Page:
Baseball and softball are also fantastic at helping kids process failure. When you look at a player’s batting average, even the best in the world only succeed three out of 10 times. That constant failure may not sound healthy, but through baseball or softball, it is. When a young athlete fails, they must not only process their failures, but then adapt from those failures—and that’s paramount in life. When you think about some of mankind’s greatest achievements, those success stories typically follow a period of struggle and perseverance. Playing baseball and softball from an early age and learning the valuable life lesson of staring adversity in the eyes and beating it back, prepares kids for many of the stages that life will demand of them down the road—long after the glove goes into the closet.

Can you give an example how parents should ‘rethink’ how their young athlete spends tier time when not playing ball?

One area is relying on technology too much, which can impact things that most people don’t consider in terms of actual sports performance.

For one, it can suppress their immune system in the same way that constant stress does, since engaging with technology too often each day has been found to trigger the sympathetic nervous system (the fight or flight response). It also makes them less aware of their surroundings and inhibits their posture in a way that can actually shut down certain muscles and destroy their biomechanics.

While there are a variety of ways to minimize the damage that too much technology can cause on a player’s performance, one trick I use a lot (and see incredible results from) is simply teaching young athletes how to position themselves correctly when they use it.

When standing: Their shoulders should be back and down (not slouched forward) with their core muscles tight and whatever screen they’re staring at positioned at eye level— even while texting.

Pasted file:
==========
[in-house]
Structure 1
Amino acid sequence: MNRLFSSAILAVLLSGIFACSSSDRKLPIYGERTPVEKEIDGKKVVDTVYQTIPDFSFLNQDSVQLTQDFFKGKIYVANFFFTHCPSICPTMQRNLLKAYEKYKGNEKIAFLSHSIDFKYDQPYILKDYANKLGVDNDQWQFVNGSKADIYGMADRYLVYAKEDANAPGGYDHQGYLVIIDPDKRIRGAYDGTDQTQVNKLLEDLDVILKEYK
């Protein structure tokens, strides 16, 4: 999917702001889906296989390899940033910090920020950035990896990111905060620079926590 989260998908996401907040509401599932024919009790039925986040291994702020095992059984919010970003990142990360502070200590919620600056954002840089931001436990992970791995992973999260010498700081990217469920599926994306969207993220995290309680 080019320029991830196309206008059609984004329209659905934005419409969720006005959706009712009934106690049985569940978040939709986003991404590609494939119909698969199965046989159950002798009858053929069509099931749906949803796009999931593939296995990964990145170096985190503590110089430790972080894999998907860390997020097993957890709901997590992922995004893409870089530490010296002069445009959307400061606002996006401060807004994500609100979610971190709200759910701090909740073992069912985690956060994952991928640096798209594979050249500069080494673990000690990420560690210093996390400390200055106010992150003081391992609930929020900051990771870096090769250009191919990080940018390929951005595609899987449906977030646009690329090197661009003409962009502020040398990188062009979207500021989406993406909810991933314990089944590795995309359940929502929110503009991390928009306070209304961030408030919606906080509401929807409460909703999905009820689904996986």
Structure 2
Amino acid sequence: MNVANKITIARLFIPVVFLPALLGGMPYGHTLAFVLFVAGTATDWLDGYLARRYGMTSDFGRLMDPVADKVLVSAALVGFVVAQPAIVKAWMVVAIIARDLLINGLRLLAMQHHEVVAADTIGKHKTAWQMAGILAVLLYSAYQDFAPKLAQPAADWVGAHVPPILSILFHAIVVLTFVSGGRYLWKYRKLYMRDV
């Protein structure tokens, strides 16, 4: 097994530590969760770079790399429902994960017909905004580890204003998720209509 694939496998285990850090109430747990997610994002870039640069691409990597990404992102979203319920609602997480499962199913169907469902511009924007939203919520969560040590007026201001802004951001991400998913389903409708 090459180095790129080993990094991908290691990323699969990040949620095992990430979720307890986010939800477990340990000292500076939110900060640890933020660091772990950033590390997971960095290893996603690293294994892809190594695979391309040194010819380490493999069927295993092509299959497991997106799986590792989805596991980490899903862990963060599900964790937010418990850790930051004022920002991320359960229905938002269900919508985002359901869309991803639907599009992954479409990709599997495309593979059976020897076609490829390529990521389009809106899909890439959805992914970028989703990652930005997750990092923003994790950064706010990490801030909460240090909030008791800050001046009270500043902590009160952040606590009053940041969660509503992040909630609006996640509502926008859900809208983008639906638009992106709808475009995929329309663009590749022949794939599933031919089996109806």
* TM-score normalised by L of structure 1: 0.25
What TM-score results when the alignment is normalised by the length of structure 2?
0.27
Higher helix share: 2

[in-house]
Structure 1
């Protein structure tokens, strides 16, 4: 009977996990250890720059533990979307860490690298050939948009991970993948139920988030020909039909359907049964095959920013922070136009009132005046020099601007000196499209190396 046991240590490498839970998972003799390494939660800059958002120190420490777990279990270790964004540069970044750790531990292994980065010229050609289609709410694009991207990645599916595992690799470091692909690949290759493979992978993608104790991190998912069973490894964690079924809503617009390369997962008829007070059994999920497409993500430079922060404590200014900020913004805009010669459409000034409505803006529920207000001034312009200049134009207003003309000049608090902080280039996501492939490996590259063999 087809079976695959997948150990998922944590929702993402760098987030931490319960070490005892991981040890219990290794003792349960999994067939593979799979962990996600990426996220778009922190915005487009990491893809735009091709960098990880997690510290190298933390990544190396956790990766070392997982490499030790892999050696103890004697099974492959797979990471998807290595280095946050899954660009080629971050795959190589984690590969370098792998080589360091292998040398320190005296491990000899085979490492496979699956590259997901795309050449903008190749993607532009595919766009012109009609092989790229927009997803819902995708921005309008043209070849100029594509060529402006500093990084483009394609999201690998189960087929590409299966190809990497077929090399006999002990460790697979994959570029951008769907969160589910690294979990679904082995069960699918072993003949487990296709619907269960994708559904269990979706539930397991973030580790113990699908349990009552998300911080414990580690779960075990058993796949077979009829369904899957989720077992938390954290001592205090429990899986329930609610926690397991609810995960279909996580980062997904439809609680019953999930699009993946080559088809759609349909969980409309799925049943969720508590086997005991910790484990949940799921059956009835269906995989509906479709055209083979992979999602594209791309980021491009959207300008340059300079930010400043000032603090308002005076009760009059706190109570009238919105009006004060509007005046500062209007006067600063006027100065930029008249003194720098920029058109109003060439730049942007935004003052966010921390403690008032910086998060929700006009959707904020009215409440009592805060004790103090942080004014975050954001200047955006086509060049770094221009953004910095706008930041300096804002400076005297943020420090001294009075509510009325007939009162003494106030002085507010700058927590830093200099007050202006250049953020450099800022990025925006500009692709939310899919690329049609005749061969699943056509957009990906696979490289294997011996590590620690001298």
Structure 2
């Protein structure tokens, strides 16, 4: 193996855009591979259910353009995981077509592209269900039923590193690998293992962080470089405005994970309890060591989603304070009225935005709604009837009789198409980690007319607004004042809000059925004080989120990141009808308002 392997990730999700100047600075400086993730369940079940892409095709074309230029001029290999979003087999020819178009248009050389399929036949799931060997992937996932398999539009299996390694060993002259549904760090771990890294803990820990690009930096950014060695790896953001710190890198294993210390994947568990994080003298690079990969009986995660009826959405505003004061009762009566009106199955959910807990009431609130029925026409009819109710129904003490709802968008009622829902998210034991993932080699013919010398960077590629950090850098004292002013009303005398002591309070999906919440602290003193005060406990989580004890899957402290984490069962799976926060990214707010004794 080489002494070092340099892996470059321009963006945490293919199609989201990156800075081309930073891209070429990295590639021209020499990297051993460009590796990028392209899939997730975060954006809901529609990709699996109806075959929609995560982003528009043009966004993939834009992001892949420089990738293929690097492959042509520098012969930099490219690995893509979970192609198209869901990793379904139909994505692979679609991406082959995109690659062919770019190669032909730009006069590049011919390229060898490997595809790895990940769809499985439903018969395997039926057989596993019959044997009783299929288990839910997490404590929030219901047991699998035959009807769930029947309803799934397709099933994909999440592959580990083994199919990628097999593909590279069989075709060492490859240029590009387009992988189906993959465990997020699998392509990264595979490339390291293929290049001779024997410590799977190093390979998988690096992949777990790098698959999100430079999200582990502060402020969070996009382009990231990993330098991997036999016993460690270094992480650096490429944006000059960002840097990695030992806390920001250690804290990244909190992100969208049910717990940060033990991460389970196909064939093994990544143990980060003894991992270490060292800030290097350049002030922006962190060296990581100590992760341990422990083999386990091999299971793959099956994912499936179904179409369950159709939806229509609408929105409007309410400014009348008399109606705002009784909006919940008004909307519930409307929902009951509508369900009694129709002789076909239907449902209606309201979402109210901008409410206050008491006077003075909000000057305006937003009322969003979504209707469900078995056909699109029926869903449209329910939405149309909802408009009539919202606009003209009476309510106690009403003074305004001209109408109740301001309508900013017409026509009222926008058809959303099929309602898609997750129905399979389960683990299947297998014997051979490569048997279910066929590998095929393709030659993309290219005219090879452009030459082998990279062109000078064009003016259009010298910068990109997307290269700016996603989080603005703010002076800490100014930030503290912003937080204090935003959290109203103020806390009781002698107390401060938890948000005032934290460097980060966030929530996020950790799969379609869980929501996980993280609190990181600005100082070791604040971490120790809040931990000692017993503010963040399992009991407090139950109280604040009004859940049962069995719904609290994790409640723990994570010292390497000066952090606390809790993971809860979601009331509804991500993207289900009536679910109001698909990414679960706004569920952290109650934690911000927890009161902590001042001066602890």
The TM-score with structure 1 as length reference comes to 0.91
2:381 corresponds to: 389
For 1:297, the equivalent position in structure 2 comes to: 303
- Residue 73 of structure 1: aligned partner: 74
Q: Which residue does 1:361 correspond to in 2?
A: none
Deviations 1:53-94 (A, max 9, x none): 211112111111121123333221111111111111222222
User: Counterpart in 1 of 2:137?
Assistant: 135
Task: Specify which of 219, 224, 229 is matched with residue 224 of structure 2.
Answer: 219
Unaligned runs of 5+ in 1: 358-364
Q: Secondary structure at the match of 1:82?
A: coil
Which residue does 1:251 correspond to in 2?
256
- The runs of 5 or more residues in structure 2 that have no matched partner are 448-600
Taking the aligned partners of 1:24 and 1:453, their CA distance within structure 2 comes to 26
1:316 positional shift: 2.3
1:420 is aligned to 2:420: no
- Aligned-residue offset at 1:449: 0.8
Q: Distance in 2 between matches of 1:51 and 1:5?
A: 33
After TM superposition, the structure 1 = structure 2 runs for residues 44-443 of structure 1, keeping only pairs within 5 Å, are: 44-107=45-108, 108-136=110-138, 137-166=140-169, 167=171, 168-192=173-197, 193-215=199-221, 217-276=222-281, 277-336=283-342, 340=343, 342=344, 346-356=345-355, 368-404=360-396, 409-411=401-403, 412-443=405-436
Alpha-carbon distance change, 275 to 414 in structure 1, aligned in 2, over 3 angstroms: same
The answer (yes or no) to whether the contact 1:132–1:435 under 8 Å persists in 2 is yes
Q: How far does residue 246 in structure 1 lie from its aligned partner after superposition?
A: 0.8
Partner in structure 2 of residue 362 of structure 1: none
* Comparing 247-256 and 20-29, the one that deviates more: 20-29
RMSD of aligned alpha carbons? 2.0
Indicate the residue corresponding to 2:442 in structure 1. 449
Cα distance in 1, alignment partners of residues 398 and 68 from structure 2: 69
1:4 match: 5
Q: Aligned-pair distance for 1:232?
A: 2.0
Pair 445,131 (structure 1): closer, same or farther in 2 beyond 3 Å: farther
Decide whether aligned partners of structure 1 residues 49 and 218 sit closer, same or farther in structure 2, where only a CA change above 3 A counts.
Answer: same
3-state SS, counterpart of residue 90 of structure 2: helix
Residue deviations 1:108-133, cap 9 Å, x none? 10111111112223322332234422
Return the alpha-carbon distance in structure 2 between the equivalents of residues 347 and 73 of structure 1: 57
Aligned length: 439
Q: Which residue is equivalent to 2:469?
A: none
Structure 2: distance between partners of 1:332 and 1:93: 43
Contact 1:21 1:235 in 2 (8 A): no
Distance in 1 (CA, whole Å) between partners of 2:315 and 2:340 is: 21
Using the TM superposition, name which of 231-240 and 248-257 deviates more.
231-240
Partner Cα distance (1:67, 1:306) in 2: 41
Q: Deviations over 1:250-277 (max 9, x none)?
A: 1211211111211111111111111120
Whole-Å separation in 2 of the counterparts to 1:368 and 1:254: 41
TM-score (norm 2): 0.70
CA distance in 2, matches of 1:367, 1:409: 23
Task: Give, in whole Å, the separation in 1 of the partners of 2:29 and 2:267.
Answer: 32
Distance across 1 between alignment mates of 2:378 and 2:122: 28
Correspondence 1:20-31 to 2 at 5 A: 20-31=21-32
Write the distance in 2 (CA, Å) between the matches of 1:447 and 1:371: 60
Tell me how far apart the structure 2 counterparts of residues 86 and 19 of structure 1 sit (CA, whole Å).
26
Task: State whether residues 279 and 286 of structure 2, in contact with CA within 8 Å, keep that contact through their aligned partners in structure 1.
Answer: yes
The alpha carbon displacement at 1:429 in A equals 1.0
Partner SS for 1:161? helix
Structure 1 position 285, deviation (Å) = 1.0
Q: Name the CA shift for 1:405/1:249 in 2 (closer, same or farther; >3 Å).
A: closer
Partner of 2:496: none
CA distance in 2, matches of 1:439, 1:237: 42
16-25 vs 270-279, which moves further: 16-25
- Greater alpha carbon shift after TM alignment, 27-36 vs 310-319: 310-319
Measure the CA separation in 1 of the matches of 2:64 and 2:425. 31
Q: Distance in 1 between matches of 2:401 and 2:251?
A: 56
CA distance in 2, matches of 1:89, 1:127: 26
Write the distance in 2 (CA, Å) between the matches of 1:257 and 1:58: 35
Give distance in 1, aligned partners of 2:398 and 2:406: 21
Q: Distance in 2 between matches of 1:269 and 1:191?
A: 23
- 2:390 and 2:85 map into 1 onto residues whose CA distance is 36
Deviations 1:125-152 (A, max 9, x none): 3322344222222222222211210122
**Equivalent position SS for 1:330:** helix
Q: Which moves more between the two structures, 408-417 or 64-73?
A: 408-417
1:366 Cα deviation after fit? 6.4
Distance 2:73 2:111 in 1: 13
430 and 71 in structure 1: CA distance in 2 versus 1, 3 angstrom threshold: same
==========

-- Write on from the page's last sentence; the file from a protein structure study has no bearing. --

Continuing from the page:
On their stomach: Have them lie with their head up and elbows bent to support their torso, or with their chin resting on their hand.

What are your thoughts on specialization vs. multi-sport participation?

When it comes to whether or not a young athlete should play only baseball and/or softball or participate other sports throughout the year, the research speaks for itself.

Multi-sport participation injury-proofs them. A new study by the University of Wisconsin School of Medicine and Public Health, which included more than 1,500 high school athletes, found that athletes who specialized in one sport were twice as likely to report a lower extremity injury as compared to those who played multiple sports. Another recent study[1] published in the American Journal of Sports Medicine has those numbers even higher, claiming that spending more than eight months annually in one sport leaves young athletes nearly three times more likely to experience an overuse injury in their hip or knee.